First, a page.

Could It Be?

Could It Be?

I was speaking with an acquaintance the other day and he asked me if I had any family knowledge about Alzheimer’s disease. I said I did, and asked him what his connection with Alzheimer’s was. He said that he had been diagnosed with dementia, but he didn’t have Alzheimer’s. He asked what the difference was between dementia and Alzheimer’s. I replied that I didn’t know but, at some point, the difference doesn’t matter.

One of the things I find interesting about this conversation, and similar conversations, is that people want to be clear, they DON’T have Alzheimer’s disease. Is it the word that scares them? Is it the idea that they might have something for which there is no cure? Is dementia an easier word to say, or hear?

There is a movie out, starring Julianne Moore, called Still Alice. It is based on a book by Lisa Genova. It deals with a woman diagnosed with early-onset Alzheimer’s disease. On the Alzheimer’s Association website,, I found an article about early-onset Alzheimer’s by Fredrick Kunkle. In the article, he states that “Early-onset Alzheimer’s is the rarest form of the disease.” The article goes on, “Early-onset Alzheimer’s affects about 200,000 Americans who become symptomatic before 65 according to Maria C. Carrillo, the Alzheimer’s association’s chief science officer.”

The article also states that “More than 5 million Americans are living with Alzheimer’s, most 65 or older.” The idea of being afflicted by this disease, or any form of dementia, is a frightening thought. However, sometimes simply aging causes forgetfulness. It is not always sign of doom. It is important to be aware of your own personal health, and any health-related issues. As we age, we should all be on a first-name basis with our doctors. Not to be annoying, just to be aware.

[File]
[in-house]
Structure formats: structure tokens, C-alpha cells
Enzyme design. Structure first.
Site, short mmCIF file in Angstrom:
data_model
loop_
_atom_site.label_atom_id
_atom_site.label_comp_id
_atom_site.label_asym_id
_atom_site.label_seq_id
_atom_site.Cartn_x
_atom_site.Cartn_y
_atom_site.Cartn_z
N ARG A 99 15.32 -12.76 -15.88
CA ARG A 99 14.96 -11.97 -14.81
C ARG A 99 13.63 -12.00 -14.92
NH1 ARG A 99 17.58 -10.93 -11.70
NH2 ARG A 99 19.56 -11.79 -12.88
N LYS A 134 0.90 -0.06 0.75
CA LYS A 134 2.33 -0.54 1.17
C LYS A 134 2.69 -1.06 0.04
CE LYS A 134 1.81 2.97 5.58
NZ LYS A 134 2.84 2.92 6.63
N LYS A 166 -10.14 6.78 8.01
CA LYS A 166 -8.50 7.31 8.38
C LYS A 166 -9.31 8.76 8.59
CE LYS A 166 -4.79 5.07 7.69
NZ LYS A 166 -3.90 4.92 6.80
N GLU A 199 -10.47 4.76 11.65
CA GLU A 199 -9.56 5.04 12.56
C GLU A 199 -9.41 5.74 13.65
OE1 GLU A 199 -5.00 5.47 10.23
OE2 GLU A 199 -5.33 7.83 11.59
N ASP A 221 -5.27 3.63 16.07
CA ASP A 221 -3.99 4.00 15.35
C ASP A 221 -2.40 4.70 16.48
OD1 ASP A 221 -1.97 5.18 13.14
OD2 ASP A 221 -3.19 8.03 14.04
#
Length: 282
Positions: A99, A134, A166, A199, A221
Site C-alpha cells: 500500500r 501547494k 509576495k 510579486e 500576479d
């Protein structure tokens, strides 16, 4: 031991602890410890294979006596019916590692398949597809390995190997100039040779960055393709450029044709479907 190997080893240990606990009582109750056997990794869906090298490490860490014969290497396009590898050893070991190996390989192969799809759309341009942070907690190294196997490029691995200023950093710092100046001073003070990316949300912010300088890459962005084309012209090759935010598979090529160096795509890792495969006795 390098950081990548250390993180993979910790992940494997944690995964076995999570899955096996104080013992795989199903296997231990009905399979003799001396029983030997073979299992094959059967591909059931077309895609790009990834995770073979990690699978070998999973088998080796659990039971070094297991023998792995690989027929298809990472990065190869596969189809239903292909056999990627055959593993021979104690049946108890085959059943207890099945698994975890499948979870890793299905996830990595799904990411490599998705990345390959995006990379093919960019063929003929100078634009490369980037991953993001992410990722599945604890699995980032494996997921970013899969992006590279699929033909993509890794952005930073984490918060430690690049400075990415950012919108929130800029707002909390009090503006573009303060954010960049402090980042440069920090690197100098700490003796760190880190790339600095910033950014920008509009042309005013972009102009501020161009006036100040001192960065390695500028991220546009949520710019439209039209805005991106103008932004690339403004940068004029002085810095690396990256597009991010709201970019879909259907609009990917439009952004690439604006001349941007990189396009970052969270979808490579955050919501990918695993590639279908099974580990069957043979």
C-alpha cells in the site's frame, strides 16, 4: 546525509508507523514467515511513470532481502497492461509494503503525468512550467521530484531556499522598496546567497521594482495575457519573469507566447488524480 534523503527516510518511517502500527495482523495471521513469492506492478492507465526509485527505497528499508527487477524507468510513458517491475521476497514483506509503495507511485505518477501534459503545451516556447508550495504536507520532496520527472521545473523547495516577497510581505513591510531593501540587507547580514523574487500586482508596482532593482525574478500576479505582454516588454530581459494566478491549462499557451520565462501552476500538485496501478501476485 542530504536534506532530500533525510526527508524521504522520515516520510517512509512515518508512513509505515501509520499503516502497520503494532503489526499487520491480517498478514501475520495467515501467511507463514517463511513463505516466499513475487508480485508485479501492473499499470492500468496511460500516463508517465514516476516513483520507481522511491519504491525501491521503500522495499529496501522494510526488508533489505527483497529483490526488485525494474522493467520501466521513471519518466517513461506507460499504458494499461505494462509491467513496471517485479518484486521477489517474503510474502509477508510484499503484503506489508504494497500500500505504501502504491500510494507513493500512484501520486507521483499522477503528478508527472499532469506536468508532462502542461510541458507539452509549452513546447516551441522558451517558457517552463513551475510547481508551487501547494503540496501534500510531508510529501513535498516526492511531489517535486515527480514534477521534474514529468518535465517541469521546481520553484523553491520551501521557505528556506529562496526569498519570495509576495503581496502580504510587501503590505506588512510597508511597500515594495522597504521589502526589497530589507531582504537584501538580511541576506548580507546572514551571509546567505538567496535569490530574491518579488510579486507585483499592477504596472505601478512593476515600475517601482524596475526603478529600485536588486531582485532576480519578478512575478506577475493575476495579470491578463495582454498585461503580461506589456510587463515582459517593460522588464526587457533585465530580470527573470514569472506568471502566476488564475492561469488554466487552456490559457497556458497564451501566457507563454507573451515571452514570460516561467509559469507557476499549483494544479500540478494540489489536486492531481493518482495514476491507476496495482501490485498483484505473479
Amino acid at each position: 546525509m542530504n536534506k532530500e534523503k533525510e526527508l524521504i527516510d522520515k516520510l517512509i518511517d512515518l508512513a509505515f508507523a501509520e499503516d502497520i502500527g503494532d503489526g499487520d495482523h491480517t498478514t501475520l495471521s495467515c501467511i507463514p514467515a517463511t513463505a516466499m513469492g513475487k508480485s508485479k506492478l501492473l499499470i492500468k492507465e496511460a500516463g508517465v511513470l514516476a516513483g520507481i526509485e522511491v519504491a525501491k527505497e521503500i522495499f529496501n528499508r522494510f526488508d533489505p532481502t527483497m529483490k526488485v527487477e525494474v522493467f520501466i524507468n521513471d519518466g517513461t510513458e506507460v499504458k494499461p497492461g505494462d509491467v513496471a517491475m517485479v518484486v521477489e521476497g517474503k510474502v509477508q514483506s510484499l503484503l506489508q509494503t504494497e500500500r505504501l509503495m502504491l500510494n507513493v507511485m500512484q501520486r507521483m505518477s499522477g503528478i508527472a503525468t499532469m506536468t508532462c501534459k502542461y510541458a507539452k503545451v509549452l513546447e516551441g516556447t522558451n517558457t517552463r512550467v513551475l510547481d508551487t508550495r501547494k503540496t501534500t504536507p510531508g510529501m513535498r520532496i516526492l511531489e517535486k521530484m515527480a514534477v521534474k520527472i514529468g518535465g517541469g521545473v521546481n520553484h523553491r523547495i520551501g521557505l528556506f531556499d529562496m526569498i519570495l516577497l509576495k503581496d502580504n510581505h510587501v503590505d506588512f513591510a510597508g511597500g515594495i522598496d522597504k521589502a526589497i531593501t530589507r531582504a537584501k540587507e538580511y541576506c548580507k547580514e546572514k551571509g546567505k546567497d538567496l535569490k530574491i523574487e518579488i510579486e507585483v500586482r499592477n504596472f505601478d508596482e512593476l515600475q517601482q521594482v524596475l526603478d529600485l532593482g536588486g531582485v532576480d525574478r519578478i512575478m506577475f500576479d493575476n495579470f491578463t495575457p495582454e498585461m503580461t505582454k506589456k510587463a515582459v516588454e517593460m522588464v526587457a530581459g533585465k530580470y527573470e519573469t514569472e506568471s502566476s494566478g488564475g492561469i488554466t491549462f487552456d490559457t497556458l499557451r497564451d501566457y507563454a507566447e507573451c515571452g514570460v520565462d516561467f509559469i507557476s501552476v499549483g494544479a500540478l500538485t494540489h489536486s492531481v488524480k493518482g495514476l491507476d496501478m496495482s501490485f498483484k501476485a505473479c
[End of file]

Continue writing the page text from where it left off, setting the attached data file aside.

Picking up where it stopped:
It is also equally important to keep a watchful eye on aging parents, friends, and relatives. Everyone needs someone who is paying attention, someone who will notice out-of-place behavior, and do something positive about it. Caring for someone in and of itself, doesn’t make you a caregiver, but if that someone has a serious health issue, you could easily become a caregiver.

It seems like awareness of any type of Alzheimer’s or dementia is important. With knowledge there is hope. Back to the conversation with my acquaintance. We mentioned how, at this time, there is no cure for Alzheimer’s. There is however, medication that will slow the progression of the disease. Research is continuing all the time, as is fund raising. But there is hope. With more people knowing about Alzheimer’s and the toll it takes on not only the person affected, but their caregivers, be they family or medical personnel, progress will continue.

There was no cure for Alzheimer’s disease in my mother’s lifetime. How I wish there had been. But as science and research move forward, there will be a cure. Until that time, we all need to be aware, and to care. There is always hope.

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